Life on Earth flow chart

Figure 32. Life on Earth

Paleontologists are geologists specialized in the study of remains of past life - fossils. While some dig up dead dinosaur bones (sometimes reporting leafy stomach contents, three-valved hearts, lizard-type skin and rare feathers), others spend their careers peering down microscopes at the tiny ones - the microbes, the foraminifera, diatoms, dinoflagellates, algae, amoebas, nematode worms and a truly endless supply of new species of Monera, all described at 500X.

Life on Earth is perplexingly diverse. It's hard to even get a handle on the diversity. One book that I find fascinating, besides Wilson's book 'The Diversity of Life' is Lynn Margulis and Karlene Schwartz, 'Five Kingdoms,' second edition, where they attempt to categorize all of life into some 70 phyla. That's a tall order, especially when they come to the bacteria. Basically, the species concept is invalid with bacteria because they continually have sex with different species, mixing up their tiny little genomes beyond recognition. And so new kinds of diseases appear continually like ebola, the new 'staphs' and TB. Also, go to Yellowstone Park and look into the pools of water at 180 deg F at all the colorful bacterial mats that live there happily. I'm not even going to mention the viruses.

For many years the experts have been saying that there are about 2 million classified species of life on Earth. 250,000 plants, 45,000 vertebrates, etc. Arthropods (insects, spiders, lobsters, crabs, houseflies, kitchen cockroaches, etc) account for a great percentage - and the most diverse arthropod group of all is the beetles, with some 400,000 classified kinds. There are ten times more kinds of beetles than all vertebrates combined! Now that we can classify by automated DNA work, the numbers are skyrocketing. Just announced that there may be 1.8 million kinds of fungi (mushrooms, etc). The kicker is that we estimate that the vast majority of species have never been fossilized, so that we may only recognize 0.1% or less of everything that has ever lived. Preservation by fossilization is in fact a very rare process. This is like trying to understand a 1,000-page book written in an undeciphered script by studying the sole remaining half-page. Lots of luck!

The origin of life. Look at the complexity of Figure 32. Those who peer at this kind of diagram long enough always ask how it happens, the base rules of change, and where life comes from. Nobody knows. NOBODY. Two resounding factoids: The oldest continental rocks known on Earth, called the Isua Complex on the shores of SW Greenland, contain definite signs of a primitive 'archybacteria' that lived in hot springs and deposited chemical mats of iron oxide (hematite) upon sandy shores of the early world ocean, dated to about 3,800 m.y.. These guys still blow out of deep sea 'smoker' hot spring vents. See the photo in the photo section. These bacteria are unlike all other life on Earth in that their metabolism lacks an otherwise universal energy circuit called the Krebs cycle. They can live in high-pressure water at 650° F in the lab! We do low-fire ceramics at that temperature in electric kilns. Where did theses bifs (banded iron formations) come from? How did they get here so very early?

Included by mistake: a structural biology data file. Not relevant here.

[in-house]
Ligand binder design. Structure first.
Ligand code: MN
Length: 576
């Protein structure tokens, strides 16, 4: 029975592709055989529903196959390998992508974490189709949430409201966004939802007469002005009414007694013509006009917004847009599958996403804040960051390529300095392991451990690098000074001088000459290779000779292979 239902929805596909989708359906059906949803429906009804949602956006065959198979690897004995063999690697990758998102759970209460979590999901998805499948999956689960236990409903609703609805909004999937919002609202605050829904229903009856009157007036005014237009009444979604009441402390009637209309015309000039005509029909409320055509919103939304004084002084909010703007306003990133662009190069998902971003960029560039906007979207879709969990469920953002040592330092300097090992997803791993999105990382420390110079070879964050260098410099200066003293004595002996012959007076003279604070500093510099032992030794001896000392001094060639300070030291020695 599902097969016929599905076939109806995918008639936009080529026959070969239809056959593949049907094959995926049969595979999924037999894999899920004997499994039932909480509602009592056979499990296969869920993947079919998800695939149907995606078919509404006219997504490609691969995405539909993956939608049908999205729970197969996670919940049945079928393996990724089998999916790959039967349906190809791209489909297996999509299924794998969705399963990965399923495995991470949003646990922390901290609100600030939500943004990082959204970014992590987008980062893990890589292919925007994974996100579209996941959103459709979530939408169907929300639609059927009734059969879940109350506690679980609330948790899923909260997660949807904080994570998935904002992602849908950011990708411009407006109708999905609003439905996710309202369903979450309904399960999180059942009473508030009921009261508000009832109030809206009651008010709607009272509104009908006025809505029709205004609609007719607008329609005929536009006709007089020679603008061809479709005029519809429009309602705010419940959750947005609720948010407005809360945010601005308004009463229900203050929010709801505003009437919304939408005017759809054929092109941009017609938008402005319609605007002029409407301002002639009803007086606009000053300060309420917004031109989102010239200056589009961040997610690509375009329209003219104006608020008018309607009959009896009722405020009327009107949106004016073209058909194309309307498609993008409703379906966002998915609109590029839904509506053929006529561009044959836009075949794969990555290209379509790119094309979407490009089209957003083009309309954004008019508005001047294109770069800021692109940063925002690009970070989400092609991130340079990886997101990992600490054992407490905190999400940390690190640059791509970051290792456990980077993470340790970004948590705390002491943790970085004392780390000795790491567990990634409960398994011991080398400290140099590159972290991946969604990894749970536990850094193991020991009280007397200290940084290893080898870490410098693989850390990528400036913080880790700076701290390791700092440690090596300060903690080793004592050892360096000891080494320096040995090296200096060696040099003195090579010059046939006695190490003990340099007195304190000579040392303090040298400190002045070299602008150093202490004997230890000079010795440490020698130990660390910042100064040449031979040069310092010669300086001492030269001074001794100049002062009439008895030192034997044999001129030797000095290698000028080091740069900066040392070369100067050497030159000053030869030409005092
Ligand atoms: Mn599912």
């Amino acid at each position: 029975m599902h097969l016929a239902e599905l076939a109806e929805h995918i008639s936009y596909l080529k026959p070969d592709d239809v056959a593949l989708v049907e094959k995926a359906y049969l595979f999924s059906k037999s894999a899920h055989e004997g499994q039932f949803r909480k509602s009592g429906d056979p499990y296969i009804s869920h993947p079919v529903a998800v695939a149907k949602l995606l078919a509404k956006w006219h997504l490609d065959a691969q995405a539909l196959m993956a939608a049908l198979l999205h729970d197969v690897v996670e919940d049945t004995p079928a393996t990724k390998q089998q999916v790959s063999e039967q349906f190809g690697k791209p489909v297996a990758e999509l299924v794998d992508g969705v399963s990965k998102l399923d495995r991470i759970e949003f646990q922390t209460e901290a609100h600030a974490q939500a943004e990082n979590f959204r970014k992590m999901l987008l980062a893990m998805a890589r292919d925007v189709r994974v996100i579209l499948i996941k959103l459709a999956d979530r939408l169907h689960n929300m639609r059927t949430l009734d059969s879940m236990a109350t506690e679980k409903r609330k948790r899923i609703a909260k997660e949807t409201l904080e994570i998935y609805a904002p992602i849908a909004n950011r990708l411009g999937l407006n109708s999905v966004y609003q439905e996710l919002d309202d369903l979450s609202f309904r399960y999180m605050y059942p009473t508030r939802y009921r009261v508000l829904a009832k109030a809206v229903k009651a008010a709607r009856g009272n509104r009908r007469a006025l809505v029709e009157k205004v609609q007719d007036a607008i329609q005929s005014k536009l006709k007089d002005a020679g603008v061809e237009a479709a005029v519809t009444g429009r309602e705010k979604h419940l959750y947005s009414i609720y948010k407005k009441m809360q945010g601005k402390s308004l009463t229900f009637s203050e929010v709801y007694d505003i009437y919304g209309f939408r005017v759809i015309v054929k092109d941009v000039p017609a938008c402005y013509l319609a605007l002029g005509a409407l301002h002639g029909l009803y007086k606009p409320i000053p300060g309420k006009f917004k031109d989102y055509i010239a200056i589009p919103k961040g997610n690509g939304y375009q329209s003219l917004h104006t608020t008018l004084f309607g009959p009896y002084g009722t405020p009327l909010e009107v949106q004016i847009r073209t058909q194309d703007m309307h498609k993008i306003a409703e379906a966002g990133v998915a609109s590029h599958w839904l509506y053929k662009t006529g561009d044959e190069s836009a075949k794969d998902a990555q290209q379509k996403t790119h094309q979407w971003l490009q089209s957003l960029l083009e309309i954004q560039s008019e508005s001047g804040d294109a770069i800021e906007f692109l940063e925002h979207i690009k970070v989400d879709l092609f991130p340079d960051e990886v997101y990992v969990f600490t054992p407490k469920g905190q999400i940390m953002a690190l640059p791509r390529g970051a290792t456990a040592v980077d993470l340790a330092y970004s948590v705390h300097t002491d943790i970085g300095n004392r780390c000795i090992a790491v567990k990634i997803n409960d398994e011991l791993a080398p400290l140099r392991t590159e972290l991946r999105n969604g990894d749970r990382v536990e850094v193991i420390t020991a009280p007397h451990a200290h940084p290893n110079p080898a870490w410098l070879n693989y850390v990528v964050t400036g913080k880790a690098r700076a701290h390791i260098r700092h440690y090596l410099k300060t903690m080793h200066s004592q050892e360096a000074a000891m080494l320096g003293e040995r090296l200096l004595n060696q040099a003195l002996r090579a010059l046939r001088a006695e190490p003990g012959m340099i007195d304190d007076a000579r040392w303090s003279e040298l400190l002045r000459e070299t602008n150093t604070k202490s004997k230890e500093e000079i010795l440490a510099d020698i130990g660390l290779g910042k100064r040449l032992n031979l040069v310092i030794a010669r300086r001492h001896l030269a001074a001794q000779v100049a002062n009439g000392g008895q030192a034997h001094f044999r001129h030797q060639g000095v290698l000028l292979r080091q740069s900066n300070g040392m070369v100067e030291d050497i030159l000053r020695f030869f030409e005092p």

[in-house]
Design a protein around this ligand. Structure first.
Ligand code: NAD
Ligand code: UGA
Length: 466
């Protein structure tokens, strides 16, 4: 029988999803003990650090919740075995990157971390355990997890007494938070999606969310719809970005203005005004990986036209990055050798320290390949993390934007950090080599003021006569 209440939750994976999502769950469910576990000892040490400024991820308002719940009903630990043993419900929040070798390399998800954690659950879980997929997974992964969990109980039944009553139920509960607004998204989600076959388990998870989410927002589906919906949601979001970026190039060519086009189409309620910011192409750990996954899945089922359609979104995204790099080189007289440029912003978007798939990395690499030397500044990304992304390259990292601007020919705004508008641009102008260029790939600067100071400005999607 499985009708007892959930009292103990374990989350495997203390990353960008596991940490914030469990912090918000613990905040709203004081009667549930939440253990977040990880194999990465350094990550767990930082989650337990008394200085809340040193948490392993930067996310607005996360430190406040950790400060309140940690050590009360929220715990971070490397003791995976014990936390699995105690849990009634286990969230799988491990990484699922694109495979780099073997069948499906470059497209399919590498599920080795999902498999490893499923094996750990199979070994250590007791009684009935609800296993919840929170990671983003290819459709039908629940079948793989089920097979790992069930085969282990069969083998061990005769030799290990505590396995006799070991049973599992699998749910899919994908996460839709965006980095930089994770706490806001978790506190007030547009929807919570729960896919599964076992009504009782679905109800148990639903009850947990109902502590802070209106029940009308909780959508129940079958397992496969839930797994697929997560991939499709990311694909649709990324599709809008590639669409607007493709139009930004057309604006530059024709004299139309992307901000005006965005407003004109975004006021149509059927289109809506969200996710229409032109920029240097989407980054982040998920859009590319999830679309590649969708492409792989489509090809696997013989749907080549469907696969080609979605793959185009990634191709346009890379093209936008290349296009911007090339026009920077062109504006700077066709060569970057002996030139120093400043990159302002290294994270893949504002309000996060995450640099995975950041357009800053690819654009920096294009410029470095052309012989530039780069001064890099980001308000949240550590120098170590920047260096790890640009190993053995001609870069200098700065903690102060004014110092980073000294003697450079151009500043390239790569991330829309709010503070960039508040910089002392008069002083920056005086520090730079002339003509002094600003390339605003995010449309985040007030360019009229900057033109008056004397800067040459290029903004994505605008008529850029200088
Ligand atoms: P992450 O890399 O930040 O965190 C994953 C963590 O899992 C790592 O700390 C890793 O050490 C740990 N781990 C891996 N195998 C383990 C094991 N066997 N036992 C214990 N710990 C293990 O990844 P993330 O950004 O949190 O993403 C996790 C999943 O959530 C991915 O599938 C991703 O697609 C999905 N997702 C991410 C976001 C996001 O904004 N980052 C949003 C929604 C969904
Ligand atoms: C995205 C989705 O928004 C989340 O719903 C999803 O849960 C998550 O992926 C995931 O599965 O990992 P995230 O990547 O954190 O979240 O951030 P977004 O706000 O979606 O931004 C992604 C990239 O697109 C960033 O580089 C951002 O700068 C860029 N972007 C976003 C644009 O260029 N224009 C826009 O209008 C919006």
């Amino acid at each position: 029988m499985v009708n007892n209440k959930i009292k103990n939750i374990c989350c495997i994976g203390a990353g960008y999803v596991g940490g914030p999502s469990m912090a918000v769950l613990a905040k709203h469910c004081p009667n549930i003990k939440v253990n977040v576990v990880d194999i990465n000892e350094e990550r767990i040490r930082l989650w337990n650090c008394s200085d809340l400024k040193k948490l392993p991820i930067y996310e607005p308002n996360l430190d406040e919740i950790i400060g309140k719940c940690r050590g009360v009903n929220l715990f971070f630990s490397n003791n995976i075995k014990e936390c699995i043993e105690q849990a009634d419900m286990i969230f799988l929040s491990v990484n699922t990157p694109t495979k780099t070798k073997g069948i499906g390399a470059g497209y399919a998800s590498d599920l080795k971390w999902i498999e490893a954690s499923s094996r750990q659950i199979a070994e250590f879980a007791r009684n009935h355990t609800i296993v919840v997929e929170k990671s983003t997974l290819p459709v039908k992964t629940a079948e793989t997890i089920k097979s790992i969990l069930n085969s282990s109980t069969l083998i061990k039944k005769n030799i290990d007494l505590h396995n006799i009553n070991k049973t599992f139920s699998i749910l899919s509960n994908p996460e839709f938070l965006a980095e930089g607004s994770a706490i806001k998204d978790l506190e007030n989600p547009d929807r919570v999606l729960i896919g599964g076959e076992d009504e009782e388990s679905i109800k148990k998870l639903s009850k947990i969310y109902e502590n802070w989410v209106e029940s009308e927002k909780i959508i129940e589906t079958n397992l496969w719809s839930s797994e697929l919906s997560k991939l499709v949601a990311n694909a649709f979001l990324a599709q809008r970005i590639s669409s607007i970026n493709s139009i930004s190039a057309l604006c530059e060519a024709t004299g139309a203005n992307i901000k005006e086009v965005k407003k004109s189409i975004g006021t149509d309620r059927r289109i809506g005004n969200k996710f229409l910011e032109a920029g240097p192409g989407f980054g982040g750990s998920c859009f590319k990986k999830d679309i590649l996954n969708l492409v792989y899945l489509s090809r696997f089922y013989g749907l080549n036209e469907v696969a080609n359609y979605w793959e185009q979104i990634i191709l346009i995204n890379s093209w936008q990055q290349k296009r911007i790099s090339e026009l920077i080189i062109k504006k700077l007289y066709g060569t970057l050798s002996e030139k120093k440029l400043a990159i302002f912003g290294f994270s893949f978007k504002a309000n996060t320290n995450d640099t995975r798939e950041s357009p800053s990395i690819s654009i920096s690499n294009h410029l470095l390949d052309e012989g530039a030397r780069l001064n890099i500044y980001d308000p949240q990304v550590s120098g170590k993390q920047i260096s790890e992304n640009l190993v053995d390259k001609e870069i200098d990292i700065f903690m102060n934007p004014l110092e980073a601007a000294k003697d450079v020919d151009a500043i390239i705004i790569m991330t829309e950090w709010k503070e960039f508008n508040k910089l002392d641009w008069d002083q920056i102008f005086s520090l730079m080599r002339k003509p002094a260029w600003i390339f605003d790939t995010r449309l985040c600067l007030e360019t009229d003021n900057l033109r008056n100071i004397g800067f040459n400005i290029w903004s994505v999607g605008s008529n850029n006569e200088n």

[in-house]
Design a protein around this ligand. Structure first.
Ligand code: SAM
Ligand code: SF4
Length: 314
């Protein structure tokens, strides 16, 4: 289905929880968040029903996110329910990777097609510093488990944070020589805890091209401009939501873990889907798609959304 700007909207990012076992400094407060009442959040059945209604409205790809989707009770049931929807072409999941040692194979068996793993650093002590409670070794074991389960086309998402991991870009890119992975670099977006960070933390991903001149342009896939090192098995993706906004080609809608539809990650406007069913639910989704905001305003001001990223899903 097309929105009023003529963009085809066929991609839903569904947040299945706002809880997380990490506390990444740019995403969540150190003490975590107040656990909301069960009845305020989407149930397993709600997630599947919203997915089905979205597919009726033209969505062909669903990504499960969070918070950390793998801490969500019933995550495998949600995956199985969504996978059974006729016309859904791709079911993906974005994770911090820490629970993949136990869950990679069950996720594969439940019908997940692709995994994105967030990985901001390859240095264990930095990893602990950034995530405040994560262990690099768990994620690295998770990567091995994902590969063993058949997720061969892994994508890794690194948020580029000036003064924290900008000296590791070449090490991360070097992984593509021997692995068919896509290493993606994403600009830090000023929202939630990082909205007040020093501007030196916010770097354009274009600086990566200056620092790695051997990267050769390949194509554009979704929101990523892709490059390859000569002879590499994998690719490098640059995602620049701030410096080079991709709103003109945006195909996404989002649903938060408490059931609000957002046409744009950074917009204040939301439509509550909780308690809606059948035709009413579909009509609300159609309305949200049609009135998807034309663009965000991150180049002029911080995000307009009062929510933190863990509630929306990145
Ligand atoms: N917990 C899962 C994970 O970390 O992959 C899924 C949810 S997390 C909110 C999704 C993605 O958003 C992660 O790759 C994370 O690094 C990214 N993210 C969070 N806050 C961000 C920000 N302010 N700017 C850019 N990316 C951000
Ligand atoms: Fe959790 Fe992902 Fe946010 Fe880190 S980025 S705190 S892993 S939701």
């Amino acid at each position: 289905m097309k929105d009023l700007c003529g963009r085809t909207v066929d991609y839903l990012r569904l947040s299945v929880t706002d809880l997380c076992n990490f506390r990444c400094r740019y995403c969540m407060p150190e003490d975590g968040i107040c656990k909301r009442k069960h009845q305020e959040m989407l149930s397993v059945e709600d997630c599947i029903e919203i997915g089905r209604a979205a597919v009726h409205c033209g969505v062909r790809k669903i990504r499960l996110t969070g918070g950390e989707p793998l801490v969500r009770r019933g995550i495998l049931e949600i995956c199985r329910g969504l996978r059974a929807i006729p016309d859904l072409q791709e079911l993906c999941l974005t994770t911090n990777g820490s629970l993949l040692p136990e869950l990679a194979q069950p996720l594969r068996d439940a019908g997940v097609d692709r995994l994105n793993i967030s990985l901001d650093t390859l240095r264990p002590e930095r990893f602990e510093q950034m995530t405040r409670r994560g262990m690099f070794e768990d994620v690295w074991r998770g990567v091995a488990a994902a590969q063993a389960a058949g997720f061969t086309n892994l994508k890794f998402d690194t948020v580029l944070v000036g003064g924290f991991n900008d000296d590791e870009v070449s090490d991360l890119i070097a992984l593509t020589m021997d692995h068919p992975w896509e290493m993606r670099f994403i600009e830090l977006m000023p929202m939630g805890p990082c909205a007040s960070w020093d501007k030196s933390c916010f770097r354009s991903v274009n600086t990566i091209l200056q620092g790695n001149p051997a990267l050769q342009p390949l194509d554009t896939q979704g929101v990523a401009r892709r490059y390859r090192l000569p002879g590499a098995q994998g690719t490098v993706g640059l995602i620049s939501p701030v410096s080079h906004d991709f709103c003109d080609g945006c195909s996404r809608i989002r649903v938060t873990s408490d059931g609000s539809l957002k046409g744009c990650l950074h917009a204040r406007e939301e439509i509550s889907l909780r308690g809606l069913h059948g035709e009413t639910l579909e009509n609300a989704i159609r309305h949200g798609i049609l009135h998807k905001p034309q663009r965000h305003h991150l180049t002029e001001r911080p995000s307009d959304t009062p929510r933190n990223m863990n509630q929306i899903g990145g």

The next resounding factoid is that Darwinian evolution - change by tiny increments over very long times coupled with natural selection (survival of the fittest) - cannot easily explain the bouts of very fast appearance of many new species of very different character at the times of the severe mass extinctions, pointed out by Niles Eldridge & Stephen Jay Gould in 1972, when they invented a name to account for this discrepancy - 'punctuated equilibrium,' when major new groups appear in a flash. The eye, and the ability of flight through the air have been 'invented' or 'discovered' several times independently, it seems. How can this happen? The eyes of mollusks, fish, and arthropods showed up independent of one another. The human eye is derived from amphibians, fish, and tracking back through Amphioxus, and garden worms.